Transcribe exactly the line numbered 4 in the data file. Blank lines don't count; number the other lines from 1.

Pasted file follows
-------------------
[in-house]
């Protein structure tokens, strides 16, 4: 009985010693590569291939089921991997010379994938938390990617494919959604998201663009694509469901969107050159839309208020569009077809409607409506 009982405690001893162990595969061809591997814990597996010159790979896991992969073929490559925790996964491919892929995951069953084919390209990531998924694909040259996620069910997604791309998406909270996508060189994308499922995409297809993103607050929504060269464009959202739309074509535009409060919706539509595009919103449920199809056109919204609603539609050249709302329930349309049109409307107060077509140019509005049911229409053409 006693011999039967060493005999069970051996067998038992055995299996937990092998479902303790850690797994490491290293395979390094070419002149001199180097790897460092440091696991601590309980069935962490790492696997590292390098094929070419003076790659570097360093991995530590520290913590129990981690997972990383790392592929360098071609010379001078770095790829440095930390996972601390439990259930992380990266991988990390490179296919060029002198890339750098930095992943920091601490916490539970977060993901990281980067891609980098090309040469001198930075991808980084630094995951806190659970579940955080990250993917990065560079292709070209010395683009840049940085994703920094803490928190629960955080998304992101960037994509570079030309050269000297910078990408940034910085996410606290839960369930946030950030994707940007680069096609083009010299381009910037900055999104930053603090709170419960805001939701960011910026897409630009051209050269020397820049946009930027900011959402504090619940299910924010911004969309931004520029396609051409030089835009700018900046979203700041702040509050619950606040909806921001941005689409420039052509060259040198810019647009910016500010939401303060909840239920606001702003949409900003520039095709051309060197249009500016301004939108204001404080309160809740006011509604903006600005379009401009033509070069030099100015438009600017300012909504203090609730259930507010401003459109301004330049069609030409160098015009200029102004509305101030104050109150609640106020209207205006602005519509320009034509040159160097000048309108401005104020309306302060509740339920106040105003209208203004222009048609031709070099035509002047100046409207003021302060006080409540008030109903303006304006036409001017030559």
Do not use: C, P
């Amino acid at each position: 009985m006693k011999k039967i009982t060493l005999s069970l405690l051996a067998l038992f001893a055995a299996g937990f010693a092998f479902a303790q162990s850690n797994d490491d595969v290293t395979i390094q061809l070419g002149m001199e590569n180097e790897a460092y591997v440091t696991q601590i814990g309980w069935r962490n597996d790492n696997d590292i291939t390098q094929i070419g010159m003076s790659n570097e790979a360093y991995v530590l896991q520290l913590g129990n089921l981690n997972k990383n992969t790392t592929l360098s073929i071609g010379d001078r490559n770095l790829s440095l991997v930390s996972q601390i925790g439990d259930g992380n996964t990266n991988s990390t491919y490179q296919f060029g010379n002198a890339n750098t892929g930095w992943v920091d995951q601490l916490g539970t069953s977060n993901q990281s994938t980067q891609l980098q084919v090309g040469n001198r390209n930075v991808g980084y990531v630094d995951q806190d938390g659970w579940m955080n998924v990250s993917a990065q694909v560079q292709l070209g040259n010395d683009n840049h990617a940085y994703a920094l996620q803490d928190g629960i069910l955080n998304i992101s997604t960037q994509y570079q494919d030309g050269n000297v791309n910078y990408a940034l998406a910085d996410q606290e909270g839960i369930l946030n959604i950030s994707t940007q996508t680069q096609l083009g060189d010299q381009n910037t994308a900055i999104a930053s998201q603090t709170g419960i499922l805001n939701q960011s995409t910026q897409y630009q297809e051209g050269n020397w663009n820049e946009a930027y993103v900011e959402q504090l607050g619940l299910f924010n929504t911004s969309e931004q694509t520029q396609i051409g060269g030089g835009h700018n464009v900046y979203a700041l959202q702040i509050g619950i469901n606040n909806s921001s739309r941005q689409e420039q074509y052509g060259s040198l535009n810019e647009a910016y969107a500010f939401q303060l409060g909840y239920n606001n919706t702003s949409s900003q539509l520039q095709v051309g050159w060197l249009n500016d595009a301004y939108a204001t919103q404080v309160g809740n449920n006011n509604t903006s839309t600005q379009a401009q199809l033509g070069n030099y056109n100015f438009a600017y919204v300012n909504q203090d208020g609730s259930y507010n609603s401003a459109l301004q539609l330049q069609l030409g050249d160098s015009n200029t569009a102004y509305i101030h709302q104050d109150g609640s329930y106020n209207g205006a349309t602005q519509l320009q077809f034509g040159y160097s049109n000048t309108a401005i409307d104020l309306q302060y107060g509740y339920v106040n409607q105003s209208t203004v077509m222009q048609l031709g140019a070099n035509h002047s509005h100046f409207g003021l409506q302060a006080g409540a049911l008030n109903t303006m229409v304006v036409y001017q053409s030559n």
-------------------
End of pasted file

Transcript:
């Amino acid at each position: 009985m006693k011999k039967i009982t060493l005999s069970l405690l051996a067998l038992f001893a055995a299996g937990f010693a092998f479902a303790q162990s850690n797994d490491d595969v290293t395979i390094q061809l070419g002149m001199e590569n180097e790897a460092y591997v440091t696991q601590i814990g309980w069935r962490n597996d790492n696997d590292i291939t390098q094929i070419g010159m003076s790659n570097e790979a360093y991995v530590l896991q520290l913590g129990n089921l981690n997972k990383n992969t790392t592929l360098s073929i071609g010379d001078r490559n770095l790829s440095l991997v930390s996972q601390i925790g439990d259930g992380n996964t990266n991988s990390t491919y490179q296919f060029g010379n002198a890339n750098t892929g930095w992943v920091d995951q601490l916490g539970t069953s977060n993901q990281s994938t980067q891609l980098q084919v090309g040469n001198r390209n930075v991808g980084y990531v630094d995951q806190d938390g659970w579940m955080n998924v990250s993917a990065q694909v560079q292709l070209g040259n010395d683009n840049h990617a940085y994703a920094l996620q803490d928190g629960i069910l955080n998304i992101s997604t960037q994509y570079q494919d030309g050269n000297v791309n910078y990408a940034l998406a910085d996410q606290e909270g839960i369930l946030n959604i950030s994707t940007q996508t680069q096609l083009g060189d010299q381009n910037t994308a900055i999104a930053s998201q603090t709170g419960i499922l805001n939701q960011s995409t910026q897409y630009q297809e051209g050269n020397w663009n820049e946009a930027y993103v900011e959402q504090l607050g619940l299910f924010n929504t911004s969309e931004q694509t520029q396609i051409g060269g030089g835009h700018n464009v900046y979203a700041l959202q702040i509050g619950i469901n606040n909806s921001s739309r941005q689409e420039q074509y052509g060259s040198l535009n810019e647009a910016y969107a500010f939401q303060l409060g909840y239920n606001n919706t702003s949409s900003q539509l520039q095709v051309g050159w060197l249009n500016d595009a301004y939108a204001t919103q404080v309160g809740n449920n006011n509604t903006s839309t600005q379009a401009q199809l033509g070069n030099y056109n100015f438009a600017y919204v300012n909504q203090d208020g609730s259930y507010n609603s401003a459109l301004q539609l330049q069609l030409g050249d160098s015009n200029t569009a102004y509305i101030h709302q104050d109150g609640s329930y106020n209207g205006a349309t602005q519509l320009q077809f034509g040159y160097s049109n000048t309108a401005i409307d104020l309306q302060y107060g509740y339920v106040n409607q105003s209208t203004v077509m222009q048609l031709g140019a070099n035509h002047s509005h100046f409207g003021l409506q302060a006080g409540a049911l008030n109903t303006m229409v304006v036409y001017q053409s030559n």